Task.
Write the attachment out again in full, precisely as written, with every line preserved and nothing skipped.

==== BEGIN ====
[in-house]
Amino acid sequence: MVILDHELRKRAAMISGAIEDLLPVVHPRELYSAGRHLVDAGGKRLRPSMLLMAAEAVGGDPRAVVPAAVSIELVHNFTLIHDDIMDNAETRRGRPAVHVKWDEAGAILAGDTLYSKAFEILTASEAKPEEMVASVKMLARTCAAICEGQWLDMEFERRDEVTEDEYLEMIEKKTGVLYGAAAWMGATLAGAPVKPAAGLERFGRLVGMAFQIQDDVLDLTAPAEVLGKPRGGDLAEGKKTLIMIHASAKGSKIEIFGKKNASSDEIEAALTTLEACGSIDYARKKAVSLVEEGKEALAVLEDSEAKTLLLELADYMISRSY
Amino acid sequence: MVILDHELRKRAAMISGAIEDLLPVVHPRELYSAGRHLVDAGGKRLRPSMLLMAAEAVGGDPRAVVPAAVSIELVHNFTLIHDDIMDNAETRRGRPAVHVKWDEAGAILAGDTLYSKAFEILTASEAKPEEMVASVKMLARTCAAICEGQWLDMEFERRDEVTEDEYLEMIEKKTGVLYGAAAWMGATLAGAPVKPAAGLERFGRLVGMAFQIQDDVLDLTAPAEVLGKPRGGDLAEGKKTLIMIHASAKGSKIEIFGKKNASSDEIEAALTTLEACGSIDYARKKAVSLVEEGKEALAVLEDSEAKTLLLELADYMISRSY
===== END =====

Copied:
[in-house]
Amino acid sequence: MVILDHELRKRAAMISGAIEDLLPVVHPRELYSAGRHLVDAGGKRLRPSMLLMAAEAVGGDPRAVVPAAVSIELVHNFTLIHDDIMDNAETRRGRPAVHVKWDEAGAILAGDTLYSKAFEILTASEAKPEEMVASVKMLARTCAAICEGQWLDMEFERRDEVTEDEYLEMIEKKTGVLYGAAAWMGATLAGAPVKPAAGLERFGRLVGMAFQIQDDVLDLTAPAEVLGKPRGGDLAEGKKTLIMIHASAKGSKIEIFGKKNASSDEIEAALTTLEACGSIDYARKKAVSLVEEGKEALAVLEDSEAKTLLLELADYMISRSY
Amino acid sequence: MVILDHELRKRAAMISGAIEDLLPVVHPRELYSAGRHLVDAGGKRLRPSMLLMAAEAVGGDPRAVVPAAVSIELVHNFTLIHDDIMDNAETRRGRPAVHVKWDEAGAILAGDTLYSKAFEILTASEAKPEEMVASVKMLARTCAAICEGQWLDMEFERRDEVTEDEYLEMIEKKTGVLYGAAAWMGATLAGAPVKPAAGLERFGRLVGMAFQIQDDVLDLTAPAEVLGKPRGGDLAEGKKTLIMIHASAKGSKIEIFGKKNASSDEIEAALTTLEACGSIDYARKKAVSLVEEGKEALAVLEDSEAKTLLLELADYMISRSY